Bail is an interesting thing to read about. In one way, bail keeps those who are flight risks from missing their court trial. However, bail has an interesting way of changing the conversation. The “bail trap“, as NY Times journalist Nick Pinto called it, creates a situation where people must pay up or go to jail while they wait for their trial. So, how do people pay when they don’t have the money?
Well, they hire a bondsman. The bondsman is typically paid 10% of the bond on the promise that they will appear for their trial. If the 10% is too much, there are other things people can give up.
Bails can be paid using straight up cash. Bail bondsmen often take 10% of the bond money from the defendant, and something to ensure that they will show up. However, the 10% can be paid via the insurance item.
One thing people have used to pay bail is their property. This is often done via a land lien – or a document stating that the property is the bail, and the court has a legal right to foreclose it if the accused does not make their court date.
Depending on what kind people have, jewelry has been known to pay bail well. Gold jewelry with diamonds is often what they go for, especially when the value of gold is at a peak. It may take more than one piece of jewelry to scrape together the bail, but as long as they appear for court, they won’t lose the jewelry.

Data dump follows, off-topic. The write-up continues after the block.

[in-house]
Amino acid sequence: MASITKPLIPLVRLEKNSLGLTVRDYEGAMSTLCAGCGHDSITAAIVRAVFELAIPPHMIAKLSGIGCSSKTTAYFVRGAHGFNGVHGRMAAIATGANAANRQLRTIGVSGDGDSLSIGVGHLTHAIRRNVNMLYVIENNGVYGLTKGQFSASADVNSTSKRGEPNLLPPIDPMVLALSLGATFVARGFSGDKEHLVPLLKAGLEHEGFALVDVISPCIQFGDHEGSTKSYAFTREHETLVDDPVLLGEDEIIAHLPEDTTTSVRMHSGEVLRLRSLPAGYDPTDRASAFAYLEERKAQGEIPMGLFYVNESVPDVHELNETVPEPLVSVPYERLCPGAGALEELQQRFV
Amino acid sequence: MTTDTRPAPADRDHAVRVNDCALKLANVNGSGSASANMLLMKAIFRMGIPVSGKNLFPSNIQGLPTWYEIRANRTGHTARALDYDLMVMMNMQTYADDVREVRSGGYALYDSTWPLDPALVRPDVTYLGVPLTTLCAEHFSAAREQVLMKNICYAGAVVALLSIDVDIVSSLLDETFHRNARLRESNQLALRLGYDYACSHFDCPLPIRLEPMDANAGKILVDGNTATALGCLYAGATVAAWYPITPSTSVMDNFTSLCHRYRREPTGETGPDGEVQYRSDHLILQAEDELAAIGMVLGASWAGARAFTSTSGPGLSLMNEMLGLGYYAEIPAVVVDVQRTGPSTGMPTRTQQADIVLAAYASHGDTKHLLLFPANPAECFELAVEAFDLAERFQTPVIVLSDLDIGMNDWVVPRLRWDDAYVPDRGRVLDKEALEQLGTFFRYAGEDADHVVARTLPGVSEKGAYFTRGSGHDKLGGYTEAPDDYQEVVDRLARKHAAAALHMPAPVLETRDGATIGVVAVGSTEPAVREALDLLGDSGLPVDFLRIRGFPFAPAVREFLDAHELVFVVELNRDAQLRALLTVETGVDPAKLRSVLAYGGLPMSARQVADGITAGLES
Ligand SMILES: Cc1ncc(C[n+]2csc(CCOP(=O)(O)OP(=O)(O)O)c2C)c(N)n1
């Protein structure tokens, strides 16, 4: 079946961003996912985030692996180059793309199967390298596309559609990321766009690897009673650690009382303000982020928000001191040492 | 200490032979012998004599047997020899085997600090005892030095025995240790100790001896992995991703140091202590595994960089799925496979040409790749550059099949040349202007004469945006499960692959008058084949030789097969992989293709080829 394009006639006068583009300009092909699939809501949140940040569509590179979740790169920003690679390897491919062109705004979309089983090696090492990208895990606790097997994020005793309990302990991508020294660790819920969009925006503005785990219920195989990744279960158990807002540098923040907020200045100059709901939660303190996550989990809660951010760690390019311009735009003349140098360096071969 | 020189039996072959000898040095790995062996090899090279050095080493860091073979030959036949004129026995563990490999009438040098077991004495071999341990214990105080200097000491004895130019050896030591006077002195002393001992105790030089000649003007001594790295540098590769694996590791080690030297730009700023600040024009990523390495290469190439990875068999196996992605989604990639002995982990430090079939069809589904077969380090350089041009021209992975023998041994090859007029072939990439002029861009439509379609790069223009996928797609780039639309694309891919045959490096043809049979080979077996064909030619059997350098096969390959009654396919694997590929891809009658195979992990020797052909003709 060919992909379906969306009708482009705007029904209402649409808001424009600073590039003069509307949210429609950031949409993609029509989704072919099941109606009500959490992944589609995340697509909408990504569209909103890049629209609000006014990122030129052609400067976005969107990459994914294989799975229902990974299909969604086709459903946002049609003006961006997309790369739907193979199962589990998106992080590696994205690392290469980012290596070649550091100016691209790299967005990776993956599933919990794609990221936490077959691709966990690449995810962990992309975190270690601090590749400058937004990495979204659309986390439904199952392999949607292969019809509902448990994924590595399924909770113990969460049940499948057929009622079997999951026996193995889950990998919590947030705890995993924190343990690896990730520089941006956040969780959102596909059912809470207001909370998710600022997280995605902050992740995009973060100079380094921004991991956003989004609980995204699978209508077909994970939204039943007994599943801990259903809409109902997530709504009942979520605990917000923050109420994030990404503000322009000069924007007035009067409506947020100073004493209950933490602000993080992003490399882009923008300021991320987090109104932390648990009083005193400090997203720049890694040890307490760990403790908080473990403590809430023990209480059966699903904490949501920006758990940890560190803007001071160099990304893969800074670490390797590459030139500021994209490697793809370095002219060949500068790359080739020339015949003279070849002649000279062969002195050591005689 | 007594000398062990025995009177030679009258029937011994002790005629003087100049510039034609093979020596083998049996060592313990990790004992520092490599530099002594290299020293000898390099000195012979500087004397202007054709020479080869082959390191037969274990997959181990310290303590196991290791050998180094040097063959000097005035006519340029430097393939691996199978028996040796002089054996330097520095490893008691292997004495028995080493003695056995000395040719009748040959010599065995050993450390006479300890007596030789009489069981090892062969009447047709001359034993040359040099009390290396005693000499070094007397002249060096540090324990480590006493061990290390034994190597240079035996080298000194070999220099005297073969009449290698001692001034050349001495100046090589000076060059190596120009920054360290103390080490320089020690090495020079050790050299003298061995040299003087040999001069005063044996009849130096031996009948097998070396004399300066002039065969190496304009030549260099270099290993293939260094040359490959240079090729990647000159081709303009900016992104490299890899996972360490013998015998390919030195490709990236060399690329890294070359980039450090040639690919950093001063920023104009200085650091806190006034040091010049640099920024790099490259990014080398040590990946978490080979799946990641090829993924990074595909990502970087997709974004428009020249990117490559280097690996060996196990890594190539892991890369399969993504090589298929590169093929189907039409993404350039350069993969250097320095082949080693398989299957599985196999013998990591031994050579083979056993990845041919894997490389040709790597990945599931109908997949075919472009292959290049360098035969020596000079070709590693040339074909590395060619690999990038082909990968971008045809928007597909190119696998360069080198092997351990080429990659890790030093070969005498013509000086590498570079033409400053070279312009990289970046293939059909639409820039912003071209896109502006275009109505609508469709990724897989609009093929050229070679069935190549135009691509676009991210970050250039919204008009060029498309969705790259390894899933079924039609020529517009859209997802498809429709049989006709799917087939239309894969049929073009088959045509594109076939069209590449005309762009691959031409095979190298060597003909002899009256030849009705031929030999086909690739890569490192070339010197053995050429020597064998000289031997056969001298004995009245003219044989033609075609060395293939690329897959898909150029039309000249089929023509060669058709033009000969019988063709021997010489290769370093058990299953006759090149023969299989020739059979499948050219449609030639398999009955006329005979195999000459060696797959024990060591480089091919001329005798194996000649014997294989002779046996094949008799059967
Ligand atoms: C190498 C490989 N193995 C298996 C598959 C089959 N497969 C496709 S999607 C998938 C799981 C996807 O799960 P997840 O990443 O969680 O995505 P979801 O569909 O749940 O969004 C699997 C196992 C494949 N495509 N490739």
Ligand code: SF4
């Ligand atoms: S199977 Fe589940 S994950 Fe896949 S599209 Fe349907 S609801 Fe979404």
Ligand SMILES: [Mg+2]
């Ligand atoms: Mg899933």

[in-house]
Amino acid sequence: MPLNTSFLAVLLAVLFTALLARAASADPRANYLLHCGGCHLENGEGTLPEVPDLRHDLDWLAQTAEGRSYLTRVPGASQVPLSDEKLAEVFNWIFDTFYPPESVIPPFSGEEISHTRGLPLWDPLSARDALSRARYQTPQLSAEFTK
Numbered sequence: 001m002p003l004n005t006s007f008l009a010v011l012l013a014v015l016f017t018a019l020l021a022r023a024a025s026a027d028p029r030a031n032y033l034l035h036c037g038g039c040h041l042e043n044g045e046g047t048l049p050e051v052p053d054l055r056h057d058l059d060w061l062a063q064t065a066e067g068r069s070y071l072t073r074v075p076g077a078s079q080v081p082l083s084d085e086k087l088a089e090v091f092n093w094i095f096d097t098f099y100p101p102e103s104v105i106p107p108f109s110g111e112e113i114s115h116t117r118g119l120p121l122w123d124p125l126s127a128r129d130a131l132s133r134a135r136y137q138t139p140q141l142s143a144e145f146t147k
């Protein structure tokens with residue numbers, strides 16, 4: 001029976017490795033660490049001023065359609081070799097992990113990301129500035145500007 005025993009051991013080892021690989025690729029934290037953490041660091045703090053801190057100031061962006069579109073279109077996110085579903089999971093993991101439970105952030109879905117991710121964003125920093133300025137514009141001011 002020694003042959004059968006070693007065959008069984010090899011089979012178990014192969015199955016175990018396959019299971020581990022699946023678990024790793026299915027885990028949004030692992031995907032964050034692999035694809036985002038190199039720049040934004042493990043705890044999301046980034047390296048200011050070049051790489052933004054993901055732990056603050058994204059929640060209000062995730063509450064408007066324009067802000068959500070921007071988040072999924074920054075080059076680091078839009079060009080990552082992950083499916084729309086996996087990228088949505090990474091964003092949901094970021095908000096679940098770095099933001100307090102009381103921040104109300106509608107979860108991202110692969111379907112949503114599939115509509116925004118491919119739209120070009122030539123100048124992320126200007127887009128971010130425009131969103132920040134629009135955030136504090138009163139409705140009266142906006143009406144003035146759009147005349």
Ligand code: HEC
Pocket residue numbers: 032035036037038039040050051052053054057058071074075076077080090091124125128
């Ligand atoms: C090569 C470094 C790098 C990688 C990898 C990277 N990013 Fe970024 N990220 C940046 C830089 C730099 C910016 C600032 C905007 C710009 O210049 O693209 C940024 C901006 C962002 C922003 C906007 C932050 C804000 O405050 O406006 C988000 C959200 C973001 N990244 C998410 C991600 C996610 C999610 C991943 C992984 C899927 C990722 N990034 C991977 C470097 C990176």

Should the defendant have a car, that could become the object of their bondsman’s document. A car in running condition that is fairly new can be worth the premium or at least part of it. However, this is a dangerous one to play with as it can be used against people when they do not show up.
A bank account can also be used to pay a premium if that is all someone can afford. Some or even all of the funds of a bank account, much like cash, can be used to pay bail. Like any other bail items, the defendant is at risk of loosing it if they do not show up for their trial.
If the defendant has a family member or friend in the area, they could potentially pay the bail, or the premium for the bondsman. However, if the defendant fails to show up, the person who paid will have to pay more – possibly causing them to lose their home, their car, or even their favorite jewelry if they cannot pay completely in cash.
Pawn shops open up an entirely new field of what can and cannot be able to help pay a bail premium, or bail itself. Books, televisions, gaming systems and the games that go with them, instruments, and many other things are all eligible to be pawned, or sold, for premium or bail money.
There are many different ways to pay bail, but it’s a tricky thing.